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    Recurrent vulvovaginitis: Tips for treating a common condition

     

    Suppressive therapy has been shown to keep women in an asymptomatic state. This is typically done with monthly metronidazole. It is important to also counsel patients regarding lifestyle changes. Eliminating contact irritants such as douching and other irritating products will allow the vaginal ecosystem time to heal. The use of suppressive therapies seems to work while the medications are being used, but may not affect the rate of recurrence once stopped. Acidification of the vagina has not been shown to reduce recurrence rates and in fact, may worsen symptoms of irritation.9

    The addition of probiotics is currently being evaluated as a way to keep the vaginal flora balanced and is a promising method of preventing the recurrence of BV. Using exogenous human bacteria to restore a normal flora seems to be a reasonable way to decrease BV, especially when used in conjunction with standard therapy.13 Probiotics have not been shown to definitively help decrease recurrence rates, but many studies show promise. The optimal route of administration, oral or vaginal, the appropriate strain, and correct dosing are all areas that would benefit from further study.12

    Another treatment option involves the addition of boric acid to an oral nitroimidazole.14 Early studies have been promising, but more rigorous studies are needed.

    While treatment of the partners of affected women has not been shown to help, sexual intercourse does appear to have a role in the disease process. It is not that BV is clearly a STI, but sexual risk factors certainly contribute to its transmission.15 There is evidence to support the use of condoms to decrease risk of recurrence. Risk of concordant infection is high in women who have sex with women and partners should be counseled about symptoms and seeking treatment when they occur.8

    Currently, there is an unacceptably high rate of recurrence for BV. Some behavioral changes can decrease this risk, but other therapies are necessary to improve both the quality of life of those affected and decrease future health risk associated with the disease.

     

    Merida Miller, MD
    Dr. Miller is Associate Professor of Obstetrics and Gynecology, University of Iowa, Iowa City.

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    • Dr. Neil S. Gladstone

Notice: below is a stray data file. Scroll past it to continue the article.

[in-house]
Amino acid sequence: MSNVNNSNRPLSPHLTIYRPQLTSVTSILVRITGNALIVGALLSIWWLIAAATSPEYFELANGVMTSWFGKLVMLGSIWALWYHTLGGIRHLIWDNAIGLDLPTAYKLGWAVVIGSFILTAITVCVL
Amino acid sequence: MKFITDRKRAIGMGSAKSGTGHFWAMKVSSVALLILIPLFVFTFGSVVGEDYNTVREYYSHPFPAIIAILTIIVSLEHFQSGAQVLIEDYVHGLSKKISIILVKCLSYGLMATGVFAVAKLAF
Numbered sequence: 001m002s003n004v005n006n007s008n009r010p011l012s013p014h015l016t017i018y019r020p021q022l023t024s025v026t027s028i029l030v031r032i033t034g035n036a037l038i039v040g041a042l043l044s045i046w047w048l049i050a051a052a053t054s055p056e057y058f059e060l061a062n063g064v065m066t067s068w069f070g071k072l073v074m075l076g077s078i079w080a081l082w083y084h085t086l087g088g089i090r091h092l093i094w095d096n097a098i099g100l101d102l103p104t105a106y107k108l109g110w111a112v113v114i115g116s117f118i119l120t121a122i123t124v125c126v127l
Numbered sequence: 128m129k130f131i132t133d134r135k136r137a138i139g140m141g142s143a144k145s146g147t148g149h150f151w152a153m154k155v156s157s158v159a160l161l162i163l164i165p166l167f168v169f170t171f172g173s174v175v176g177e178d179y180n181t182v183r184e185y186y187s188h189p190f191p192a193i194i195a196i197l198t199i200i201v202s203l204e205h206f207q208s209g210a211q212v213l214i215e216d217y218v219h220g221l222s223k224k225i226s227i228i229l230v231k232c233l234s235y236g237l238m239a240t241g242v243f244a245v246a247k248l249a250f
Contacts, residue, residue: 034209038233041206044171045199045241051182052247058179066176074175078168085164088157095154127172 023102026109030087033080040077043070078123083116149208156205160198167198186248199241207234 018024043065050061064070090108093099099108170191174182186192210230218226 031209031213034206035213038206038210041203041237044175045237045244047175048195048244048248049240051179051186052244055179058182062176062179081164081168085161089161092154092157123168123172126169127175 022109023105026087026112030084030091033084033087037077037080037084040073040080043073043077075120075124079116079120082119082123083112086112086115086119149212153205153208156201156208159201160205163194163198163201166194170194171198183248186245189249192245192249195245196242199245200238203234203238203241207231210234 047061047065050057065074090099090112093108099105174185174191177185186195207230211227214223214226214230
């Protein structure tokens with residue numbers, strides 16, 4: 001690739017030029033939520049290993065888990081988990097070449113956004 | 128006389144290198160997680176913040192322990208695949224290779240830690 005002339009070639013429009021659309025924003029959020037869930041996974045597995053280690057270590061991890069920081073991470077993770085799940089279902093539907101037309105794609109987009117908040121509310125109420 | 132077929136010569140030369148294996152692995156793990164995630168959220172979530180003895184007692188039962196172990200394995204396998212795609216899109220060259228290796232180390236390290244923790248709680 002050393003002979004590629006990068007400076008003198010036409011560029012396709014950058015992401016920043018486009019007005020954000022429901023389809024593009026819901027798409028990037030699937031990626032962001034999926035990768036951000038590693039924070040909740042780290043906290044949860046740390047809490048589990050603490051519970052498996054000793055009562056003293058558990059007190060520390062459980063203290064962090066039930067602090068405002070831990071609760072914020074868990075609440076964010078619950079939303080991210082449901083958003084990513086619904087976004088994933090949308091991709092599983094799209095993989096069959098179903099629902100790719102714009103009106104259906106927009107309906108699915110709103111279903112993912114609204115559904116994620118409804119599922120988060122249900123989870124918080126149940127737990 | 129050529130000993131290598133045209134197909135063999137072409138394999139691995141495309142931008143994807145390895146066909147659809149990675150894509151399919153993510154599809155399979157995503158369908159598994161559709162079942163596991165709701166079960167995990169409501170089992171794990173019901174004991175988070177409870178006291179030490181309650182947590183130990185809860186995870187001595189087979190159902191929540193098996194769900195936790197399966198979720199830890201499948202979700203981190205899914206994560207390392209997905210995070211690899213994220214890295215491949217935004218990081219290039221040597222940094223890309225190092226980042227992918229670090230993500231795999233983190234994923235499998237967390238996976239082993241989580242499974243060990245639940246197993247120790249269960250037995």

I appreciated Dr. Miller's discussion of a common and vexing problems for both patients and clinicians. For 45 years, I have seen more unhappy patients with BV than any other condition including malignancies. At least with cancer, there is hope of a cure. With BV it never goes away. The two most important tools for the clinician in diagnosis BV are pH paper and a microscope. After the history, which is predictable, and after my vaginal exam. I do a pH on the discharge taken from the upper aspects of the vagina. The pH helps to direct what comes next. If the pH is in the acidic range the differential diagnosis is either Candida (yeast) or leucorrhea. If the patient presents with a history suggestive of yeast and she has a "Typical" cottage cheese discharge, and we are not dealing with multiple recurrences, I elect to treat with either topical or oral agents. For problem cases I will use a NAAT testing procedure. If the pH is in the alkaline range, I do a wet smear. If there is no evidence of Trichomands and with presence of Clue Cells, I make the diagnosis of BV. My treatment is two fold: I take the time needed to explain to the patient what are the triggers for BV, that the bacteria that cause the BV symptoms are residents of the vagina and can not be totally eliminated, and the change in pH temporarily eliminates the beneficial action of Lactobacillus. In this environment it is the anaerobes that were listed in the article that predominate. I encourage all patients to use condoms at all times and to use tampons to get rid of menstrual blood as quickly as possible. Instead of continually prescribing Metronidazole or Clindamycin orally, I use Boric acid vaginal suppositories 600 mg for at least one week. Patients do not like the topical antibiotics as the perception these measures do not work. They are unhappy because the oral antibiotics do not work because the "infection" keeps reoccurring, I never reference BV as a STI,but I also talk about keeping the environment of the vagina healthy by keeping out the offending substances and restoring the pH. The suppositories help with Candida as well. One part of therapy most clinicians especially non OBGYNS fail to do is to use a steroid and antifungal topical combination for the skin of the vulva. This maneuver provides relief for the irritated itchy skin. Each patient gets a written information about BV and I always offer to discuss the diagnosis with reluctant partners. This approach is not the panacea for BV , but I think it is more successful than the manner most people treat BV.This is anecdotal information, but I think it would merit someone with the time and patients to do a RCT. Also, I am very liberal in ordering STI panels including the use of NAAT panels. Neil S Gladstone, MD, FACOG,CCD

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